Share on Pinterest
More share buttons
Share with your friends


Easter in Italy – Choose Your Favorite Easter Tradition

Easter in Italy For the citizens of Italy, largely a Roman Catholic people, Easter – “Pasqua” – is a very special time of year. By far the most sacred of all Christian holidays, for most Italians, Easter is truly a reason to rejoice. Many tourists love to spend Easter in Italy.

Many individual towns in Italy have their own unique Easter celebrations on Easter Sunday and during the days of Holy Week, including Good Friday. Easter Monday, also known as “la Pasquetta”, is also a notable holiday throughout the country, with schools and businesses closed and people taking to the streets to continue the celebration that began with the commemoration of the resurrection of Jesus Christ the day before.

Holy Week

In Italy, the most typical way to mark Good Friday – the day that Jesus was crucified – is by an elaborate procession, Passion play, or similar event. Again, the commemoration of this solemn day on the Christian calendar varies from town to town.

In Chieti, in the Abruzzi region, the Good Friday procession is said to be the oldest in the country and is certainly one of the most moving. Men and children parade through the torch-lit streets of the town, each wearing the colors of their home parish. They carry symbols that characterize the Stations of the Cross and one individual carries a large wooden cross. The entire procession is accompanied by the haunting sounds of about 150 violins playing Miserere by Italian composer Savario Selecchy.

In Taormina, one woman is chosen to portray Mary, the mother of Jesus. She wanders through the dark streets in search of her lost son, assisted by black-robed locals who attempt to help her find Jesus.

In Calitri, men in white hoods topped by crowns of thorns make their way through the streets carrying crosses on their shoulders. Church choirs follow them, singing hymns, psalms, and folksongs of the region.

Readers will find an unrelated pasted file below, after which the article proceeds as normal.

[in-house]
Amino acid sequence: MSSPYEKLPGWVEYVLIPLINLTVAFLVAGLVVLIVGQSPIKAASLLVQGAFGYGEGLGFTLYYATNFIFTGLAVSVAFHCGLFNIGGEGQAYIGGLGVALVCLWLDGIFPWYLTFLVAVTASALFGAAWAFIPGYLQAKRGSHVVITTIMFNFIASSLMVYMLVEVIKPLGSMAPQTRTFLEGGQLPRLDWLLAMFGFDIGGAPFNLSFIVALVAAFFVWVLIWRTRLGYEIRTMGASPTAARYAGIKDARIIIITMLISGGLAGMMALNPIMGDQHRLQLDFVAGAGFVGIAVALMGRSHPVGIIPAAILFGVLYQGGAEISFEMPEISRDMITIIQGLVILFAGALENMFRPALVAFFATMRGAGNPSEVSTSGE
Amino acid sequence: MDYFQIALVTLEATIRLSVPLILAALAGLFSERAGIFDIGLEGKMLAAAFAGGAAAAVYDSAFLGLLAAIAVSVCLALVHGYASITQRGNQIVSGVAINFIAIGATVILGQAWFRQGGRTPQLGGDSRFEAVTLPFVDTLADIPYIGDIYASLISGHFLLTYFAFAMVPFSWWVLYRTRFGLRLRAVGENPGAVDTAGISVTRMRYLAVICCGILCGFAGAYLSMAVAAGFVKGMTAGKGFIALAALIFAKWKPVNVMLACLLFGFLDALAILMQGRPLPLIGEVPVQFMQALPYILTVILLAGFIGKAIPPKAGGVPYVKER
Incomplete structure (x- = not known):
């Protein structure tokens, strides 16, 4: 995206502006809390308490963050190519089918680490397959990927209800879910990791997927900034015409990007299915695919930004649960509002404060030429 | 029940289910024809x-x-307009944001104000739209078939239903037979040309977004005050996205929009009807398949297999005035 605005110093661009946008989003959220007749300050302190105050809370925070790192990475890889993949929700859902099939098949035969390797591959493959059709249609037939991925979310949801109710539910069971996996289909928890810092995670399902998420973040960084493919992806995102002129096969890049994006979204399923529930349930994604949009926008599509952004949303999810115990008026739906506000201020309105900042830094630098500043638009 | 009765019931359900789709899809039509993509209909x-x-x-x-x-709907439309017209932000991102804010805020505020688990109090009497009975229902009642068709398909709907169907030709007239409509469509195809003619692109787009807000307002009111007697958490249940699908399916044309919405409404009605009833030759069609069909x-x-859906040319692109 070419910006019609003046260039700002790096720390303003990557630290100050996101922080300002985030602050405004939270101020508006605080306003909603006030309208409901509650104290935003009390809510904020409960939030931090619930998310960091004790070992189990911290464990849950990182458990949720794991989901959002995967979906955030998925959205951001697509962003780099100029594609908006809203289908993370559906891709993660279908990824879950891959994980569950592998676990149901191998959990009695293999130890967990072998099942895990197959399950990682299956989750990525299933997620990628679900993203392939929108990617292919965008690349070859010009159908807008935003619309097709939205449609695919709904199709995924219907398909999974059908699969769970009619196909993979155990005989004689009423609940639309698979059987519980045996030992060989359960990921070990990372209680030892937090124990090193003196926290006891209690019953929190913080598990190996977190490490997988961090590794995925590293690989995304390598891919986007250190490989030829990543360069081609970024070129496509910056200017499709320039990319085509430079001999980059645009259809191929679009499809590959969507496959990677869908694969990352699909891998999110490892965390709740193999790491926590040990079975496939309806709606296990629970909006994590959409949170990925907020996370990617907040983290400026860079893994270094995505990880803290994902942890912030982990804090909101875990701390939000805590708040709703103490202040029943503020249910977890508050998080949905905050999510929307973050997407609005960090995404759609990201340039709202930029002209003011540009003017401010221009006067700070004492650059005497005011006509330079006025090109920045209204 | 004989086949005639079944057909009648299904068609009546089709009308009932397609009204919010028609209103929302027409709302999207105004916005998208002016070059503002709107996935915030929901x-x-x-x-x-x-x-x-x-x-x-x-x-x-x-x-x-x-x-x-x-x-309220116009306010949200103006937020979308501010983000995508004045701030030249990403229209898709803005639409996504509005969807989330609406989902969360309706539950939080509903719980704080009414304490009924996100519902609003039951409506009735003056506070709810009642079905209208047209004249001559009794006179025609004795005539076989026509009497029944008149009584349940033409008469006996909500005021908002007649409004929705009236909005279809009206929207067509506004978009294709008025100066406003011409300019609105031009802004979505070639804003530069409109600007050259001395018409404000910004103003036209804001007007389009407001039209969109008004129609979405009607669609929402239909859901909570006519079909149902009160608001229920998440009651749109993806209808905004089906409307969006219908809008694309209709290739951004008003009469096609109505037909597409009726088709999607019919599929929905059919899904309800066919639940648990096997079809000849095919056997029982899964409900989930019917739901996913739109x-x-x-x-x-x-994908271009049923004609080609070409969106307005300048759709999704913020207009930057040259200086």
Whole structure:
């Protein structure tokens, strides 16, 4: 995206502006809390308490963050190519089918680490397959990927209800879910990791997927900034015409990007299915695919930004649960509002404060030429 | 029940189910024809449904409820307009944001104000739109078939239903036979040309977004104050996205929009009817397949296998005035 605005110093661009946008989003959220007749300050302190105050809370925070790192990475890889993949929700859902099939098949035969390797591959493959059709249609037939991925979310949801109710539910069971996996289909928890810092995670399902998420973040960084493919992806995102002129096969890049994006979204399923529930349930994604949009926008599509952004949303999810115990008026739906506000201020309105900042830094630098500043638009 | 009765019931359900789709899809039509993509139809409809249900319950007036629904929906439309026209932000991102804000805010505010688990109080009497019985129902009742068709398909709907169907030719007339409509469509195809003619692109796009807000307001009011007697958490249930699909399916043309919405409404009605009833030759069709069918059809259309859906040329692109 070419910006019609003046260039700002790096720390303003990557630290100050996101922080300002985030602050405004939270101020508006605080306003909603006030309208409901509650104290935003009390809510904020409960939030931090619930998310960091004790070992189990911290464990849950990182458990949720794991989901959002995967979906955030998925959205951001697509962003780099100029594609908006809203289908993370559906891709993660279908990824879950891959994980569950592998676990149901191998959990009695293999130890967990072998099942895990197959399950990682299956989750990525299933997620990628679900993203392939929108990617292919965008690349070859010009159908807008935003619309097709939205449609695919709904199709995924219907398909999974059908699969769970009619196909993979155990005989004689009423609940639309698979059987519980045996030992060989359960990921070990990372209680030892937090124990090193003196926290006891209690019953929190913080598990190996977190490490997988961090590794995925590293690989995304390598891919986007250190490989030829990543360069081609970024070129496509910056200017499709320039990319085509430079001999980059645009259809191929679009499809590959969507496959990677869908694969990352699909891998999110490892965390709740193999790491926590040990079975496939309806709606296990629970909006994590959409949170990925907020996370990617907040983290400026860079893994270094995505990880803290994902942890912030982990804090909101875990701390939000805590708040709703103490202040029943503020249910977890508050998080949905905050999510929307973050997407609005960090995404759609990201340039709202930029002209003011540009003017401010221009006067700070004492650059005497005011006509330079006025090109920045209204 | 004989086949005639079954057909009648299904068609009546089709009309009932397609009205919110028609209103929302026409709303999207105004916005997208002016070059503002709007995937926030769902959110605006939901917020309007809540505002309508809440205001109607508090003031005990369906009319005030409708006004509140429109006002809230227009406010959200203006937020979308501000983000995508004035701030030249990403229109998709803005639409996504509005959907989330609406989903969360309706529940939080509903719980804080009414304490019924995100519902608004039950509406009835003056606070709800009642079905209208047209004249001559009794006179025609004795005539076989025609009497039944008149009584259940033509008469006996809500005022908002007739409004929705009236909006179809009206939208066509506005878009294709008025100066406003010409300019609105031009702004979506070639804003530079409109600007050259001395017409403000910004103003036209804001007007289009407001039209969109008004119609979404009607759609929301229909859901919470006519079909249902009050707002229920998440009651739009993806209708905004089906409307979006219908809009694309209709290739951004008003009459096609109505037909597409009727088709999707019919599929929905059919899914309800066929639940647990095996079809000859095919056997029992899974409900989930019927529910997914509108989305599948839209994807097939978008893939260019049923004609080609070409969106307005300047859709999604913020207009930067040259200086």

In the Sicilian town of Enna, Good Friday traditions go all the way back to the period of Spanish domination in Italy, around the 15th to 17th centuries. About 2,000 hooded men travel through the main streets holding Vare, religious statues of the dead Christ and his mother, Mary. Others carry symbols of the crucifixion, including the thirty denarii paid to Peter to betray Christ, as well as nails and a crown of thorns.

Easter Sunday and Monday

Marking a joyous day after a very solemn week, Easter celebrations in Italy are spectacular and generally last two days, as Easter Monday is a designated national holiday for Italians.

The most notable Easter celebration is in Florence and is called Scoppio del Carro, the explosion of the cart. This tradition includes an ornate cart, dragged through the streets of the city by several white oxen. Following mass at the Basilica di Santa Maria del Fiore, a dove-shaped rocket is aimed at the cart, igniting the fireworks within, which then explode – accompanied by much fanfare and shouts of joy. A gala parade follows.

In Palermo, women dress in the elegant costumes of the 15th century Byzantine era and make their way through the streets of the town, handing out red Easter eggs to outstretched hands. In Chieti, a pageant is staged that represents the reuniting of mother and son, Mary and Jesus.

Easter Monday is a day of much merriment, characterized by events such as the wacky “cheese roll” in the Umbrian town of Panicale. Quite simply, participants roll their large wheel of cheese around a course set up on the streets of this quaint village. Whoever is able to get their cheese through the course with the fewest number of strokes wins the game. There’s also free music, free wine, and lots of free hard-boiled eggs!

Learn more about other traditional holidays in Italy!